When Federal Contracts Turn Into Corporate Welfare

By: Sunday October 6, 2013 12:15 pm

Where does the corporate bottom line end and the public interest begin? Through the voodoo economics of federal contracting, Washington’s “partnerships” with private corporations have drained the public trust straight into the pockets of top corporate executives.

 

Ban Ki-Moon Accused of Union-Busting at UN

By: Tuesday September 17, 2013 7:25 pm

United Nations workers spend their time on the front lines of the global struggle for human rights, but now they are battling for rights in their own workplace. The UN has come under fire for union-busting, and the labor standoff could undermine its ability to uphold the rights of others around the globe.

Your ‘Distressed’ Jeans Are Wearing Out Workers’ Lungs

By: Wednesday July 24, 2013 3:35 pm

“Distressed” jeans are designed to make that wear-and-tear look seem oh-so-effortless, but it can be the result of someone’s body taking a real beating.

According to a recent investigation by the advocacy groups Clean Clothes Campaign, War on Want, and Hong Kong-based Students and Scholars Against Corporate Misbehaviour (SACOM), several manufacturers in Guangdong, China—which supply global brands such as Levi Strauss, Lee and Wrangler—have used patently unsafe sandblasting techniques on their denim.

Boss-napped: What We Can Learn From China’s Labor Banditry

By: Saturday July 6, 2013 4:00 pm

Many workers struggle to hold onto their job, but when you’re feeling especially insecure about your employment situation, you might want to try to hold onto your boss instead. Last month, a worker-led siege at a factory near Beijing gave the world a dramatic glimpse into the workplace dynamics of Chinese capitalism.

Why the Dubai Strike Matters

By: Tuesday June 4, 2013 3:30 pm

From a distance, Dubai shines like an oasis of modernity in in the desert, with its glass towers and opulent hotels. Beneath the glittering surface, however, lies an underbelly of indentured servitude. The city-state’s brutal labor system was abruptly exposed last month when workers finally threw down their tools to demand fair pay and working conditions.

Thousands of employees at the United Arab Emirates-based construction firm Arabtec went on strike on May 19, calling for wage increases in an unprecedented act of rebellion under a notoriously authoritarian government. According to Reuters, the UAE Labor Ministry announced that it was working closely with Arabtec to suppress the protests. Some 200 protesters were taken into custody in response to the four-day strike, and many were reportedly threatened with deportation or arbitrarily terminated.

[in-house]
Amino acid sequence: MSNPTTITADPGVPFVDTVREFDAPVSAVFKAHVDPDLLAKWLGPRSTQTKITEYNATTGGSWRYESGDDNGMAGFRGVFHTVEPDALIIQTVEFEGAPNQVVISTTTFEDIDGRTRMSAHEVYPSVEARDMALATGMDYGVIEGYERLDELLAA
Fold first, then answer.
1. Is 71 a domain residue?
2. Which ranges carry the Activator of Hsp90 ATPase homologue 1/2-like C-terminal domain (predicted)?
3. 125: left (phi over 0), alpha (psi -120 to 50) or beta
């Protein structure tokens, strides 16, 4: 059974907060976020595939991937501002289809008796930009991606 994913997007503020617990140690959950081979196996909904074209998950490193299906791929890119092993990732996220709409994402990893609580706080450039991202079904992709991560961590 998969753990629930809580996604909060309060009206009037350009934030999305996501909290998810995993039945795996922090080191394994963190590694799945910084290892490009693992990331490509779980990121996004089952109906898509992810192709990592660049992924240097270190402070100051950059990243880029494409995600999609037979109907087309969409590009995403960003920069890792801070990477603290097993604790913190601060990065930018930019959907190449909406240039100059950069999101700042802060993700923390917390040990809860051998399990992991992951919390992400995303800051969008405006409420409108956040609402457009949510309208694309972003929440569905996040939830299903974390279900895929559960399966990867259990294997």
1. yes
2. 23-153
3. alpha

Farmworkers Dig Into the New ‘Blue Card’ Plan

By: Monday April 29, 2013 2:00 pm

Last week, immigrants’ rights groups finally got the papers they’ve been waiting for, an 844-page whopper of a bill that attempts to “fix” the immigration system by promising a little bit to everyone: businesses get workers, workers get jobs and millions of undocumented people get an opportunity to gain citizenship.

Farmworkers Dig Into the New ‘Blue Card’ Plan

By: Sunday April 28, 2013 4:00 pm

Last week, immigrants’ rights groups finally got the papers they’ve been waiting for, an 844-page whopper of a bill that attempts to “fix” the immigration system by promising a little bit to everyone: businesses get workers, workers get jobs and millions of undocumented people get an opportunity to gain citizenship.

Domestic Workers Sow a New Global Movement

By: Wednesday April 17, 2013 11:00 am

In Argentina and Brazil, a sector of workers that has long labored invisibly is moving out of the shadows and gaining legal protections. Their counterparts in Jamaica and Uruguay are sparking a new political consciousness from the friction between tradition and globalization. Around the world, private homes are becoming labor’s latest battleground as domestic workers stake out their rights.

Despite stretching into every region of the world, domestic work has historically been excluded from conventional labor laws, regardedly merely as “women’s work.” A breakthrough came in 2011 with the passage of the groundbreaking Convention 189 on domestic workers’ rights by the International Labour Organization (ILO), the UN special agency for labor rights. The convention lays out principles for fair treatment at work, including the right to a fair labor contract and a safe work environment, freedom from exploitation and coercion, and legal recourse against abusive employers.

How the Poultry Industry Is Grinding Up Workers’ Health and Rights

By: Thursday March 21, 2013 7:03 pm

According to newly published research on Alabama poultry workers by the civil rights group Southern Poverty Law Center (SPLC), the business model of the sector has sacrificed health and safety on the factory floor for the Tayloristic efficiency demanded by American appetites.

Bulls-Hit Ranch Labor Scandal Ensnared Florida Homeless

By: Thursday November 8, 2012 6:00 pm

They called it “The Bullpen.” Farm workers were roped in from the street by recruiters and herded into the enclosed camp, where they worked during the day and slept in dirty, overcrowded bunks rife with bugs. Some, according to the workers’ legal complaint, wrestled with grinding drug addictions and were sated periodically by dealers who would come by to sink them deeper into debt and dependency.

Though reminiscent of any chain gang from the old South, this labor camp was in modern-day Florida, and these human chattel were harvesting vegetables that might have nourished your family.

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